Hello,

Sorry to disturb again, but the topic still bugs me somehow...I'll try to rephrase the question:

- What's the influence of the type of N-array representation with respect to TENSOR-calculus?

- Are multiple representations possible?

- I assume that the order of the dimensions plays a major role in for example TENSOR product.

Is this assumption correct?

As I said before, my math skills are lacking in this area...

I hope you consider this a valid question.

kind regards,

Dieter

On Fri, Jan 30, 2015 at 2:32 AM, Alexander Belopolsky <ndarray@mac.com> wrote:

On Mon, Jan 26, 2015 at 6:06 AM, Dieter Van Eessen <dieter.van.eessen@gmail.com> wrote:I've read that numpy.array isn't arranged according to the 'right-hand-rule' (right-hand-rule => thumb = +x; index finger = +y, bend middle finder = +z). This is also confirmed by an old message I dug up from the mailing list archives. (see message below)Dieter,It looks like you are confusing dimensionality of the array with the dimensionality of a vector that it might store. If you are interested in using numpy for 3D modeling, you will likely only encounter 1-dimensional arrays (vectors) of size 3 and 2-dimensional arrays (matrices) of size 9 or shape (3, 3).A 3-dimensional array is a stack of matrices and the 'right-hand-rule' does not really apply. The notion of C/F-contiguous deals with the order of axes (e.g. width first or depth first) while the right-hand-rule is about the direction of the axes (if you "flip" the middle finger right hand becomes left.) In the case of arrays this would probably correspond to little-endian vs. big-endian: is a[0] stored at a higher or lower address than a[1]. However, whatever the answer to this question is for a particular system, it is the same for all axes in the array, so right-hand - left-hand distinction does not apply.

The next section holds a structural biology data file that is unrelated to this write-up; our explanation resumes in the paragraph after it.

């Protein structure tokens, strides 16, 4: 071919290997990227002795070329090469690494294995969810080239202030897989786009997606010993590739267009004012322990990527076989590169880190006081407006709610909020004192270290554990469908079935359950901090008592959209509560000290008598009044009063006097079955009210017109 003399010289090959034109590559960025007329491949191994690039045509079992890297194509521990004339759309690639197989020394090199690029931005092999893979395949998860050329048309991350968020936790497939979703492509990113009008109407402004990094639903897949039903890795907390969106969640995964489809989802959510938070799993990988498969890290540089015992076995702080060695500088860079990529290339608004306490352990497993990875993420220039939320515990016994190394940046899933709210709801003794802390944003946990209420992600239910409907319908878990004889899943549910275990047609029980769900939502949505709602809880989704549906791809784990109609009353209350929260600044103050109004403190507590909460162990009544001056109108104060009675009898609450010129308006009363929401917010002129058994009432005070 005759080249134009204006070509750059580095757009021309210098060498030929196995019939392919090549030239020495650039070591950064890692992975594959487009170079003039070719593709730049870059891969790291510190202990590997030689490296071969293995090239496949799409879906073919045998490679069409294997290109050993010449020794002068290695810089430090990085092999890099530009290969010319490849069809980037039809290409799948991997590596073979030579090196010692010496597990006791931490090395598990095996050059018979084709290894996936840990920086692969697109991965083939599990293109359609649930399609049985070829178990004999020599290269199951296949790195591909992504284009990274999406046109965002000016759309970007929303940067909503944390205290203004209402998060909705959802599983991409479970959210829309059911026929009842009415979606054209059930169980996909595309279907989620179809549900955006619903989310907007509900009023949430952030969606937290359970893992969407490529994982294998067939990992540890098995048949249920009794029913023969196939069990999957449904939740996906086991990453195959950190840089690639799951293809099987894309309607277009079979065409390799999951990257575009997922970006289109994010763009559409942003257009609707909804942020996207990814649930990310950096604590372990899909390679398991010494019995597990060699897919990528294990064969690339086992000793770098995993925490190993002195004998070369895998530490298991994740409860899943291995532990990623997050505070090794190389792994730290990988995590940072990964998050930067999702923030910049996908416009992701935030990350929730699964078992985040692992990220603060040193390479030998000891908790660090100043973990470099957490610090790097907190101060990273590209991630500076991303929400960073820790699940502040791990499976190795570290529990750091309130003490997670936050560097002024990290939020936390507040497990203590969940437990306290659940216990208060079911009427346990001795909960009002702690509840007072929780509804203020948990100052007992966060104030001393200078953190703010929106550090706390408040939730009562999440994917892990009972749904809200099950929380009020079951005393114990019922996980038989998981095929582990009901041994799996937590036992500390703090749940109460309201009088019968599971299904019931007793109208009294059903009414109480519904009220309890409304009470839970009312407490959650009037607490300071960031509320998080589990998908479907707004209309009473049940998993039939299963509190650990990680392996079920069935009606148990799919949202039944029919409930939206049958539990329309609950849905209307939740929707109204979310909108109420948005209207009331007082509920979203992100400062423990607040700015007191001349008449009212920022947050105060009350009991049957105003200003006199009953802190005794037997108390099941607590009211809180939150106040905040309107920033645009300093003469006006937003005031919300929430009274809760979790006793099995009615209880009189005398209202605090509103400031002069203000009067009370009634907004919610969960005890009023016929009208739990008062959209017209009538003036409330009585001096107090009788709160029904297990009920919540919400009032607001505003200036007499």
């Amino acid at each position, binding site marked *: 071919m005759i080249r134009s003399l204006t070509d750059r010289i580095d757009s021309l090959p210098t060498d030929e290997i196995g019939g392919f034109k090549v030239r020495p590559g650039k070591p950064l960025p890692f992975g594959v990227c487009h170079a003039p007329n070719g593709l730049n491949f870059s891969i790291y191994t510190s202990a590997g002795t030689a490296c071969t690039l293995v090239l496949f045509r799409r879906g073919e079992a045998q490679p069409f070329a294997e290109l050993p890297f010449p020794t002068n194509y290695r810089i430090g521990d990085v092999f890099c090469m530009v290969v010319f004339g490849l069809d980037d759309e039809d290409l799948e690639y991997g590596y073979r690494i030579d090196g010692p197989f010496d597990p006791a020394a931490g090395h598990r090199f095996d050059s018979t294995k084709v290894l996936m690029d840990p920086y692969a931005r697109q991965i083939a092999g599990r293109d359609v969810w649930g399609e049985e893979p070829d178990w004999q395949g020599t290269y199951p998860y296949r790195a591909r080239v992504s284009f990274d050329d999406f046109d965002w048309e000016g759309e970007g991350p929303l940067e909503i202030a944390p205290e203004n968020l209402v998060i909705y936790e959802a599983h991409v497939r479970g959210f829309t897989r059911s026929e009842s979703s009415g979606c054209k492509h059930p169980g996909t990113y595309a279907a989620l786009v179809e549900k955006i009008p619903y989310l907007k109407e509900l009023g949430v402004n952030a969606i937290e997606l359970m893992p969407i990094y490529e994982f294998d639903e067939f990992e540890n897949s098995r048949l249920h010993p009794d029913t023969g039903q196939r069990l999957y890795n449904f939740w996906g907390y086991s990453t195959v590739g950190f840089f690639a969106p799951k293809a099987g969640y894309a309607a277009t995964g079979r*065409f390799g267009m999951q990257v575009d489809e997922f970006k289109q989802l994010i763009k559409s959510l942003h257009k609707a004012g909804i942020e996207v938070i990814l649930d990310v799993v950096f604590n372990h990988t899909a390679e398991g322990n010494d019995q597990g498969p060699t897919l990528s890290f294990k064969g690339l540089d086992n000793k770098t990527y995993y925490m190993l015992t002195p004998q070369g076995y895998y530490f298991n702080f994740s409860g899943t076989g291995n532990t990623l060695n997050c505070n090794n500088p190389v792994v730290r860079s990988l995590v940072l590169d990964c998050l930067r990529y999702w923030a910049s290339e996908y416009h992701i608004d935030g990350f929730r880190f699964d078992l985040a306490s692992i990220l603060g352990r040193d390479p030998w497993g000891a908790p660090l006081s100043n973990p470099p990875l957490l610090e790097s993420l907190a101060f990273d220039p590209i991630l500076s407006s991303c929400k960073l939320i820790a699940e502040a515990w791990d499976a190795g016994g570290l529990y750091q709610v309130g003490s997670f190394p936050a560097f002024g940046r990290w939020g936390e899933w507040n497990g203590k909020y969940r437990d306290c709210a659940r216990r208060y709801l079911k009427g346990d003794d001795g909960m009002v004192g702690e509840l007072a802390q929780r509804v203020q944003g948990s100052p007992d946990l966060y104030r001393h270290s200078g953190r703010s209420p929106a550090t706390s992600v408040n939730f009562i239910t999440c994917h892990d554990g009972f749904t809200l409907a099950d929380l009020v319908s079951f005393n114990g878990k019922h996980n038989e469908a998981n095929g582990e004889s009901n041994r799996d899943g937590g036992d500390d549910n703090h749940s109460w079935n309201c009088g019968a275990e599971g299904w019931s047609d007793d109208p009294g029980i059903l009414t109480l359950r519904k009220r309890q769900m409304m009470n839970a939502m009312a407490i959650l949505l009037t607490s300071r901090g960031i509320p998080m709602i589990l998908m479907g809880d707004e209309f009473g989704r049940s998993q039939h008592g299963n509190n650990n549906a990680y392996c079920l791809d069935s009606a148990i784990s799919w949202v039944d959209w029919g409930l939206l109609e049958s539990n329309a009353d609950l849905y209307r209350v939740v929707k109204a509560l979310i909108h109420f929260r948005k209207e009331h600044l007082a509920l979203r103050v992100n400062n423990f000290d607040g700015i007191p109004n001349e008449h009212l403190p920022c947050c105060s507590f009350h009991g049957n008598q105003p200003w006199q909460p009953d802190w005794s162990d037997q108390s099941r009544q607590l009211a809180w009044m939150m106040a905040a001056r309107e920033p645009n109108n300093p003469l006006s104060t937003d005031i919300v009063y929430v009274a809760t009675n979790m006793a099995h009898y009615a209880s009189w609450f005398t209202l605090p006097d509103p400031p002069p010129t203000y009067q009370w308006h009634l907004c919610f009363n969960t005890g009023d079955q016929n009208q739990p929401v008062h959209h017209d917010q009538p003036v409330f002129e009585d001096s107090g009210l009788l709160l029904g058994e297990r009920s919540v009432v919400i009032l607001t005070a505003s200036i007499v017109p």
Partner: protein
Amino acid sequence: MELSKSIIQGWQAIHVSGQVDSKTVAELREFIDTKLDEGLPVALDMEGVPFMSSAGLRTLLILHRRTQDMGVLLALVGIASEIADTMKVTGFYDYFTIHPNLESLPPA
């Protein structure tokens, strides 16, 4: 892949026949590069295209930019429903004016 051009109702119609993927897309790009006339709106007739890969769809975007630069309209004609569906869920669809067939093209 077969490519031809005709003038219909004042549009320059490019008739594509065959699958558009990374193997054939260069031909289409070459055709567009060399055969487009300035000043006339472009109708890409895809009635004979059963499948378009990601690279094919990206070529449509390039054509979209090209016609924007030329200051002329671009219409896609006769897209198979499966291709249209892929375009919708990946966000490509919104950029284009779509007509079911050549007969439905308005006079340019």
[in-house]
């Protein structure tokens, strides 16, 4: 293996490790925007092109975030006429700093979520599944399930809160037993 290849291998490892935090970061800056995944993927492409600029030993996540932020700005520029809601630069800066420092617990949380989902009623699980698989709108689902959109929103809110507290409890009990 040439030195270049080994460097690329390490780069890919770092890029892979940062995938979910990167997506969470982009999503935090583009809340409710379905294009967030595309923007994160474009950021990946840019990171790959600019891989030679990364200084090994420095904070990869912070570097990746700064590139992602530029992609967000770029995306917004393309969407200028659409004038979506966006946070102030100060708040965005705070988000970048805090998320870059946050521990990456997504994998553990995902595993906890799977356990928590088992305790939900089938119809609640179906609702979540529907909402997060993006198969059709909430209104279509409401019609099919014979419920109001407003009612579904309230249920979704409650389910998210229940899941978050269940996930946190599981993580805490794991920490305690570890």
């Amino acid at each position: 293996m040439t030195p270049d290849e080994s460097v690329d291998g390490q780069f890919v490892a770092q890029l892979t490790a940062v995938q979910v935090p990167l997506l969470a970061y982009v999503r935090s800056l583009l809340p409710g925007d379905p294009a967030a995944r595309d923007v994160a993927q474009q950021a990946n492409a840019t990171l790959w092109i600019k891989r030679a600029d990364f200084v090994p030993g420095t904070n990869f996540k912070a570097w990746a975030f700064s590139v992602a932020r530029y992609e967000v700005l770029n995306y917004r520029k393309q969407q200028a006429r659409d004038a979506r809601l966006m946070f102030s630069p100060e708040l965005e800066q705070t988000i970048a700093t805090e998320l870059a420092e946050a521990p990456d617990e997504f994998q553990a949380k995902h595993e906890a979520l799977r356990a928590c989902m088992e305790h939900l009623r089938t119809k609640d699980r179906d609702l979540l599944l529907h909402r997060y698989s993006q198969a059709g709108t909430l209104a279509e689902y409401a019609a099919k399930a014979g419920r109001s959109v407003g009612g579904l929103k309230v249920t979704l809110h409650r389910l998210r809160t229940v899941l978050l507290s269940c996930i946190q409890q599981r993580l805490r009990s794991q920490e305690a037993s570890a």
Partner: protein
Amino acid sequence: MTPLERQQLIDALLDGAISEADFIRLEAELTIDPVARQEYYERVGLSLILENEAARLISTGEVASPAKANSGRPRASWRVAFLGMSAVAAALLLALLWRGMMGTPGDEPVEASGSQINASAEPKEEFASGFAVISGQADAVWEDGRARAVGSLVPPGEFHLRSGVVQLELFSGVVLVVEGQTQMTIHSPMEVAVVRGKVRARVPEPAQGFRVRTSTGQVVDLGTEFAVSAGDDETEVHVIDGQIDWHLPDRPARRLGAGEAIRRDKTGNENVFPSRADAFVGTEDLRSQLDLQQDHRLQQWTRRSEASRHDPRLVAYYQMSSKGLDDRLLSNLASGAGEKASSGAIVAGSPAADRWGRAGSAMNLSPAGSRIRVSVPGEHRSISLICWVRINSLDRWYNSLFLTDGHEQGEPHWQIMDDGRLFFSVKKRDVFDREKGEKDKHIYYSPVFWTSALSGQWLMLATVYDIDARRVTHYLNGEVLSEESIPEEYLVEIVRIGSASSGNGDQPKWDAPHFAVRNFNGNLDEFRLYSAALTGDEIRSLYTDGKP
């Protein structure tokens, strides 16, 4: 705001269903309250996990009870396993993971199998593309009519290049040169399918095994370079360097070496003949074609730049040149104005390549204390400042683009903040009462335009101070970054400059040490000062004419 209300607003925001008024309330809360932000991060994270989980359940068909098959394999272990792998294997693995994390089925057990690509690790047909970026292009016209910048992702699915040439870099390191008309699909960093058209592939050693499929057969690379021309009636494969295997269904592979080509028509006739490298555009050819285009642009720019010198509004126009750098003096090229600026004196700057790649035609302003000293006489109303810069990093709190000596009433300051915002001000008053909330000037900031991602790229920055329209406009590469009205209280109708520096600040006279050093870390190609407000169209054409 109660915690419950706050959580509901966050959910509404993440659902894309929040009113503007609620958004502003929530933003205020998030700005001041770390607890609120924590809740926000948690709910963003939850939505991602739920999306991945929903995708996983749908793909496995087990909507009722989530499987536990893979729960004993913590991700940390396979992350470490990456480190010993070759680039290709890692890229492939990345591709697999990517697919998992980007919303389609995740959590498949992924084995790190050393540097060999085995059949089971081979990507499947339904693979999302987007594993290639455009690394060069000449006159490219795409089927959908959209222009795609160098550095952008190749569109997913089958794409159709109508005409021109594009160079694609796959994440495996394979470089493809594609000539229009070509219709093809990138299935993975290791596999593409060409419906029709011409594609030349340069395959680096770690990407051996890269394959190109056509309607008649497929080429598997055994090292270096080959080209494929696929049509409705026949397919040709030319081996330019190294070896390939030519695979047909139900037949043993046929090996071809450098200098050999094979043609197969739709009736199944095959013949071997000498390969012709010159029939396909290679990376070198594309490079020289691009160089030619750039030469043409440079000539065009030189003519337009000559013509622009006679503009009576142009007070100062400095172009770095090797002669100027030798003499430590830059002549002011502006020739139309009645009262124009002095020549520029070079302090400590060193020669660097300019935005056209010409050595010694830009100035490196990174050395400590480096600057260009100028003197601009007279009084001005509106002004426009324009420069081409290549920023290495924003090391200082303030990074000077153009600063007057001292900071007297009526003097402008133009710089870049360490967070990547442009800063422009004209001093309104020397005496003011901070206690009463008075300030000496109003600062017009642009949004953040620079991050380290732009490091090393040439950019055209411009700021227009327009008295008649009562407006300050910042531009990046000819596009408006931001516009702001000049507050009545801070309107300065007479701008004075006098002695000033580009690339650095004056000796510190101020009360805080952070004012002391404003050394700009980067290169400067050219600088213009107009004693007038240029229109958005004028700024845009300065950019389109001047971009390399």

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gtz,

Dieter VE

Dieter VE